A person’s sexual behavior could affect their microbiome and immune system, potentially elevating their risk of HIV infection, according to a new study from researchers at the University of Colorado Anschutz Medical Campus. The study was published last week in the journal PLOS Pathogens. The microbiome, a community of microbes in the gut, play a

3D-printed transparent skull provides a window to the brain: Device could provide new insight for brain research on concussions, Alzheimer’s and Parkinson’s

Researchers at the University of Minnesota have developed a unique 3D-printed transparent skull implant for mice that provides an opportunity to watch activity of the entire brain surface in real time. The device allows fundamental brain research that could provide new insight for human brain conditions such as concussions, Alzheimer’s and Parkinson’s disease. The research

A Mozart playlist improved mortality in epileptic mice, study finds

A Mozart playlist improved mortality in epileptic mice, surprising study finds 80% of epileptic mice exposed to Mozart survived by the end of the 21-day study Only 50% of control epileptic mice, who were not exposed to music, survived The researchers at Utah said the findings were ‘fascinating’, ‘unexpected’, and ‘a huge discovery’  e-mail View

New tuberculosis drug may shorten treatment time for patients

A new experimental antibiotic for tuberculosis has been shown to be more effective against TB than isoniazid, a decades-old drug which is currently one of the standard treatments. In mouse studies, the new drug showed a much lower tendency to develop resistance, and it remains in the tissues where the Mycobacterium tuberculosis bacteria reside for

Lung neuropeptide exacerbates lethal influenza virus infection: Researchers find that neuropeptide Y (NPY) makes influenza worse when produced by lung immune cells

Severe influenza virus infection is characterized by a strong inflammatory response and profuse viral replication in lungs. These viruses, such as the notorious avian flu, have a high rate of death and to date there are no effective treatments. A research group led by National Institutes of Biomedical Innovation, Health and Nutrition (NIBIOHN) and Osaka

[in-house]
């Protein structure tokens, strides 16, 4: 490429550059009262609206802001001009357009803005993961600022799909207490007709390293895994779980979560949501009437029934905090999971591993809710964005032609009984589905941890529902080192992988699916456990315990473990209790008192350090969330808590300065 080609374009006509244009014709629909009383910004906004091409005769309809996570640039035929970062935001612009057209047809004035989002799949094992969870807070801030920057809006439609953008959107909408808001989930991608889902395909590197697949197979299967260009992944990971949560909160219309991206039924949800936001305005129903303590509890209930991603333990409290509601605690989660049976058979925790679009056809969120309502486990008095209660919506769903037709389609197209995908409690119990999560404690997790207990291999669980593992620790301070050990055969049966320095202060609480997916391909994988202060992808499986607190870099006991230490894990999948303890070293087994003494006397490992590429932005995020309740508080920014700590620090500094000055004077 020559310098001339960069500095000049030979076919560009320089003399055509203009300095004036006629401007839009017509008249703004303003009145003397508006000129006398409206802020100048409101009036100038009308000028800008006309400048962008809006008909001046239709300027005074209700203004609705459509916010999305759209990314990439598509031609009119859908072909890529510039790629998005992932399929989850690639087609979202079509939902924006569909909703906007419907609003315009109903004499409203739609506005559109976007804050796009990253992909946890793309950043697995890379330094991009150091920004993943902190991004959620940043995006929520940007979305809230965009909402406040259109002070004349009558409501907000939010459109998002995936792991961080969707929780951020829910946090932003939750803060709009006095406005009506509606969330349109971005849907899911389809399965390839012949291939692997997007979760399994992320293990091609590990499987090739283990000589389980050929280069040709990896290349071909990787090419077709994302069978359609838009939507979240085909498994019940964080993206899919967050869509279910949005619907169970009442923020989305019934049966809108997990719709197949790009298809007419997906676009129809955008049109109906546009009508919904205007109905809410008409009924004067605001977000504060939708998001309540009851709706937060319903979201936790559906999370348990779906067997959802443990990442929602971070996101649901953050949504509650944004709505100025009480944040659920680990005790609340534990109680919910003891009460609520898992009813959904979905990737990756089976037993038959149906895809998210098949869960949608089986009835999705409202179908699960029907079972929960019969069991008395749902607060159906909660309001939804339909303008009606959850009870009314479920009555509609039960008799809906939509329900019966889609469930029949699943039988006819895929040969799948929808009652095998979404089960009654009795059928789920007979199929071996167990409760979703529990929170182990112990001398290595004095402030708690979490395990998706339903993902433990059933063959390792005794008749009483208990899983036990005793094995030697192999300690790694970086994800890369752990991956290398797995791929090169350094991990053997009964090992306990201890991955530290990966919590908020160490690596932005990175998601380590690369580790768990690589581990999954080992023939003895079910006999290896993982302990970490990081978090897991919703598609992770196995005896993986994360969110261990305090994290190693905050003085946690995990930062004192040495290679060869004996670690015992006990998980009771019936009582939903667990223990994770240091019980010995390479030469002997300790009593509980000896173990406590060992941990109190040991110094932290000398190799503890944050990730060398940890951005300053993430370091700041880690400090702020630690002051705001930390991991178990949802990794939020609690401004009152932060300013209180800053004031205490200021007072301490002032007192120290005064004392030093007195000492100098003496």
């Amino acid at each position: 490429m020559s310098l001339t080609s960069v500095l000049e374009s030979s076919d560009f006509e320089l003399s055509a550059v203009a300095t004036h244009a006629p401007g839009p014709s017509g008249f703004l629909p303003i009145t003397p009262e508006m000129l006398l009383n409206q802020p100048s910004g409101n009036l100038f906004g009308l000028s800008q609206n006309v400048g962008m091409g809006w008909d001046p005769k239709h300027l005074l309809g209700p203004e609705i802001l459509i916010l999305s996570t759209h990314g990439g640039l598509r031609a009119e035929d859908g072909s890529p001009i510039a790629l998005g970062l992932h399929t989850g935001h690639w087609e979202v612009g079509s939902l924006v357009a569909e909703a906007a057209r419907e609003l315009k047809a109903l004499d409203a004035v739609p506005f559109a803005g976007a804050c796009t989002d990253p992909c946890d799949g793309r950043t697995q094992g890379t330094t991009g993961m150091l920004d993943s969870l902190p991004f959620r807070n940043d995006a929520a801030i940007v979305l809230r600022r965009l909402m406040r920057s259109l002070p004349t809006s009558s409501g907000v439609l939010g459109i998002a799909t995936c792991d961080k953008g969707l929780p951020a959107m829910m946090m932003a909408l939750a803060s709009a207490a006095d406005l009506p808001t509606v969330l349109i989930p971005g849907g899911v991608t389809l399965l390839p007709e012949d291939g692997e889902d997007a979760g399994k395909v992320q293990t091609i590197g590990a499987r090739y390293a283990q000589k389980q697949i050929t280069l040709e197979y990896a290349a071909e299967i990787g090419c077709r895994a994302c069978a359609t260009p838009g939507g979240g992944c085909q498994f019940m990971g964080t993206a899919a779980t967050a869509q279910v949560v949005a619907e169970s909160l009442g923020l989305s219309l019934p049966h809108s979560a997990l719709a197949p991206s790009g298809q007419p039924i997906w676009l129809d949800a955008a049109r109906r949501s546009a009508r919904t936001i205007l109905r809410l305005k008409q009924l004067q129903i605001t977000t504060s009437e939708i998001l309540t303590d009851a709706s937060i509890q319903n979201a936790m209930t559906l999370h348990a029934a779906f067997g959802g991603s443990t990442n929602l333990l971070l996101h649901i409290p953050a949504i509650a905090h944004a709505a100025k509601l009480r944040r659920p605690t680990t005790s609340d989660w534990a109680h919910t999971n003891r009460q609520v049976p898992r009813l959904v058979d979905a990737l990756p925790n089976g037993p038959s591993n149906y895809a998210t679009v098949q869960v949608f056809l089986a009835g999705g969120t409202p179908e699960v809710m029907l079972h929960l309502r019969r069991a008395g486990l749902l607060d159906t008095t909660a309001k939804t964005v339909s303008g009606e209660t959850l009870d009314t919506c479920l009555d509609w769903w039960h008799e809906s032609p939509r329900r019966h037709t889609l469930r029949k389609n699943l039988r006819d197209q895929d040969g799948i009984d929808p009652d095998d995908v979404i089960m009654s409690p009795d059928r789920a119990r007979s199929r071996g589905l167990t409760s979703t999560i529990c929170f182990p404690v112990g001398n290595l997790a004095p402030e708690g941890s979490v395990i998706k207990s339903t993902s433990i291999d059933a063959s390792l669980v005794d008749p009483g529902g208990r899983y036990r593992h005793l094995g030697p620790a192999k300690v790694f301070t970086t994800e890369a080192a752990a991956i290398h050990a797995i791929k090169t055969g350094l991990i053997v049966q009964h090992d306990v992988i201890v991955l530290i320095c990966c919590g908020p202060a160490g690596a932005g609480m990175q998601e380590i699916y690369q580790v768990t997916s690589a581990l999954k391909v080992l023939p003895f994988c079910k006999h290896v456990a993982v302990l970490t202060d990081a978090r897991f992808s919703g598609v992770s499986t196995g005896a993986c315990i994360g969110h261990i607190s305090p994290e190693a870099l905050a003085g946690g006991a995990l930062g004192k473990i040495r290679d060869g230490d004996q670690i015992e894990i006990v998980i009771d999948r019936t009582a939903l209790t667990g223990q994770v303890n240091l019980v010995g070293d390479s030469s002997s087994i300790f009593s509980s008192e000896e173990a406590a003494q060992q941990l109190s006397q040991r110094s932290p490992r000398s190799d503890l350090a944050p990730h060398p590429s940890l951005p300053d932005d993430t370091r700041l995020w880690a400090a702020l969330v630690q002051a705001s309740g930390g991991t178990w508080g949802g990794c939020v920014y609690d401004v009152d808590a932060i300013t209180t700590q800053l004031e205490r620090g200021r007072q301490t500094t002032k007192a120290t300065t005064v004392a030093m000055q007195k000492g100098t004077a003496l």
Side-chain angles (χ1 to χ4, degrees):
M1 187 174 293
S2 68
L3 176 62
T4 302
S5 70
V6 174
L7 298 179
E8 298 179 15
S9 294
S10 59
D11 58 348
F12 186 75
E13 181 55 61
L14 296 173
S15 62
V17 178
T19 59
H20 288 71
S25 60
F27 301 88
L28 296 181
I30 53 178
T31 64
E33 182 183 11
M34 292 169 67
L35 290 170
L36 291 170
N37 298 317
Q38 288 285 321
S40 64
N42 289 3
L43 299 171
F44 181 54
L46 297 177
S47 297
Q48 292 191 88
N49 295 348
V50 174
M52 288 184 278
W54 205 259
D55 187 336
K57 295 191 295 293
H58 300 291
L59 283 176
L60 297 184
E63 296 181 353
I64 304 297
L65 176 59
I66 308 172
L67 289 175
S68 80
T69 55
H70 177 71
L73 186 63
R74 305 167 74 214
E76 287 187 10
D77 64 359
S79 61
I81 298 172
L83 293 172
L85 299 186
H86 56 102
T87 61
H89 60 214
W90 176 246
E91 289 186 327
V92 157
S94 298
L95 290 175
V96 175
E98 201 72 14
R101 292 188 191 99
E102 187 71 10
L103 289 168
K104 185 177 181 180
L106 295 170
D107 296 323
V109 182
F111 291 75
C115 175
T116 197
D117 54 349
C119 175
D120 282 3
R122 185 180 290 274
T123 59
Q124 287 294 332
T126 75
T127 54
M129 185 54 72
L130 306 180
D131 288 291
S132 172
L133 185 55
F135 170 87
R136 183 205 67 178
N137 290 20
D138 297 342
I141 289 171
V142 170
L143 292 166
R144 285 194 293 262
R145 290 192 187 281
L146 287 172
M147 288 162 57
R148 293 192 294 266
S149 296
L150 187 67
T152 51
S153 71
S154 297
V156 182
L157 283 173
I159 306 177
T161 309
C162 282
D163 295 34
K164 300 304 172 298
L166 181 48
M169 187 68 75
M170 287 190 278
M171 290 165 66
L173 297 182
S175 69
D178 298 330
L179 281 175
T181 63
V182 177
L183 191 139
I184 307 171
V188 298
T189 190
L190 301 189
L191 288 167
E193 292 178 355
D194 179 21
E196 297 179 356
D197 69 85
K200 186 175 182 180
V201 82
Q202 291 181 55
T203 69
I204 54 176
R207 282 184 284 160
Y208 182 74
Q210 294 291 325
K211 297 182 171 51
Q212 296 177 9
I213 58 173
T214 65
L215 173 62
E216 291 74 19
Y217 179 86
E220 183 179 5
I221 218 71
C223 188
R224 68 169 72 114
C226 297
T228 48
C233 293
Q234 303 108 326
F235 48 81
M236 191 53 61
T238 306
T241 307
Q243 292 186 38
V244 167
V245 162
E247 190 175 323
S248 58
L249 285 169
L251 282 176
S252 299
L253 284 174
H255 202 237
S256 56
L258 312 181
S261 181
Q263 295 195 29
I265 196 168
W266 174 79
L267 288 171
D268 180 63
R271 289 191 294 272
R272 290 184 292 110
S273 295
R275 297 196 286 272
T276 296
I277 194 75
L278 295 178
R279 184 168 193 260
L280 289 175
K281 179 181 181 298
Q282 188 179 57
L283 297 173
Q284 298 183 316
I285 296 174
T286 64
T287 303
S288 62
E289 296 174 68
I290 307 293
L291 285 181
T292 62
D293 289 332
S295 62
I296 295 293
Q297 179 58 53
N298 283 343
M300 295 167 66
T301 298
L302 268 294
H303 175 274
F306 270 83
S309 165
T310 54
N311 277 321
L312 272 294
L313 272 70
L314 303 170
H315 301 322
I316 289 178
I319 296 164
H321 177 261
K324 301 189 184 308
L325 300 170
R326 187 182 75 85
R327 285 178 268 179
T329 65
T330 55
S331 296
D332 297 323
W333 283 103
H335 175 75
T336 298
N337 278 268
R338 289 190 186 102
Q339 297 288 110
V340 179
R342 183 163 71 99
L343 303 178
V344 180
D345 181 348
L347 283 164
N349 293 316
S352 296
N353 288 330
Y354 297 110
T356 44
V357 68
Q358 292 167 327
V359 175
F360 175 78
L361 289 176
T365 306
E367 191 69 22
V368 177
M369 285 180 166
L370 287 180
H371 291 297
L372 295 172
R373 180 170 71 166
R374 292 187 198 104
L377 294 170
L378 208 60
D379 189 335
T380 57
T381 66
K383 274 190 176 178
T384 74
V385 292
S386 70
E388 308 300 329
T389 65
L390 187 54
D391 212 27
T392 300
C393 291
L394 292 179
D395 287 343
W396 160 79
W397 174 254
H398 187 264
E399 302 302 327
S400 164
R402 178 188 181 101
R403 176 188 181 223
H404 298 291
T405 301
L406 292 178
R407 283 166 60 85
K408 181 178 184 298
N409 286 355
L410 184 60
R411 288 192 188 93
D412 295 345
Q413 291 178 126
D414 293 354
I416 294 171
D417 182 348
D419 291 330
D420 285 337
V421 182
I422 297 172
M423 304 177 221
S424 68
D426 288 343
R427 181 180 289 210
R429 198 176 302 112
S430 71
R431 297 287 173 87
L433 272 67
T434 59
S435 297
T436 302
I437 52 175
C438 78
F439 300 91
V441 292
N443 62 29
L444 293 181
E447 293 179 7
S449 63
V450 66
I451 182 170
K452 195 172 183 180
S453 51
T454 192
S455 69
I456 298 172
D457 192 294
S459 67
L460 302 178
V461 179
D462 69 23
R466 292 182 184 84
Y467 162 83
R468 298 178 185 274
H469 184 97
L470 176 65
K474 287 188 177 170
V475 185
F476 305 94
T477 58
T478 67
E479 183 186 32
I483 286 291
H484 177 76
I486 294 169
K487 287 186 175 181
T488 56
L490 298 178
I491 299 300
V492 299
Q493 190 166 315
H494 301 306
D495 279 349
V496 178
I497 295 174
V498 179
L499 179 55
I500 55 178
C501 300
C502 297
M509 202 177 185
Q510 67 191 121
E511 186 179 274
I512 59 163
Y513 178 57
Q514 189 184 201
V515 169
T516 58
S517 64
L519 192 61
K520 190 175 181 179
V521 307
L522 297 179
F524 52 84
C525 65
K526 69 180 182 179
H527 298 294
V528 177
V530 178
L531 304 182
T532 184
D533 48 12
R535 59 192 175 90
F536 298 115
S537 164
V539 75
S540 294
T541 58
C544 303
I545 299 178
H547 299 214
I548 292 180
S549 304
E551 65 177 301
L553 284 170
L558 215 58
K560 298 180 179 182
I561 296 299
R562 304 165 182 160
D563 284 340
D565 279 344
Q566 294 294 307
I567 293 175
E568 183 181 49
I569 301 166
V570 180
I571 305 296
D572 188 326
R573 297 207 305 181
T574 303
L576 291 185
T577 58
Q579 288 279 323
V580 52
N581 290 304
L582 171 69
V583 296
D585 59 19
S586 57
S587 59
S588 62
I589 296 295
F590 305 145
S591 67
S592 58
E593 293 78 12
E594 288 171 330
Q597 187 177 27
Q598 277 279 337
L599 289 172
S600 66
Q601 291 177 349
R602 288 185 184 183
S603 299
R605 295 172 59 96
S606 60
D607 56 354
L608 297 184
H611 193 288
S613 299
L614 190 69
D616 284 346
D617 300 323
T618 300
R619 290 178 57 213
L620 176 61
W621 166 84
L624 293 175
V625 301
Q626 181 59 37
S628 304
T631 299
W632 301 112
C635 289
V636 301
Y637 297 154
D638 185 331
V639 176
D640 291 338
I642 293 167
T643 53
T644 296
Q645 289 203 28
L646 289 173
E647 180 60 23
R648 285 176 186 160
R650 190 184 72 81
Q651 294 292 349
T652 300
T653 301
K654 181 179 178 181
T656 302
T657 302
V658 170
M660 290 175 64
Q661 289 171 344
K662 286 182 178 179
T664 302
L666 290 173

Technique boosts omega 3 fatty acid levels in brain 100 fold

Getting enough of the omega 3 fatty acids DHA and EPA into the brain to study their effects on conditions such as Alzheimer’s and depression — which they have been shown to help — is no easy task. While supplements containing these fatty acids exist, there is scant evidence showing that these supplements actually increase

Experimental Alzheimer’s drug improves memory in mice

An experimental drug known as A03, which was previously developed to treat depression, increases the levels of the enzyme Sirtuin1, or SirT1, and improves memory in mice. The mice were genetically modified to have a protein called ApoE4, the most common genetic risk factor for Alzheimer’s disease in humans that has been linked to some

Engineers repurpose wasp venom as an antibiotic drug

The venom of insects such as wasps and bees is full of compounds that can kill bacteria. Unfortunately, many of these compounds are also toxic for humans, making it impossible to use them as antibiotic drugs. After performing a systematic study of the antimicrobial properties of a toxin normally found in a South American wasp,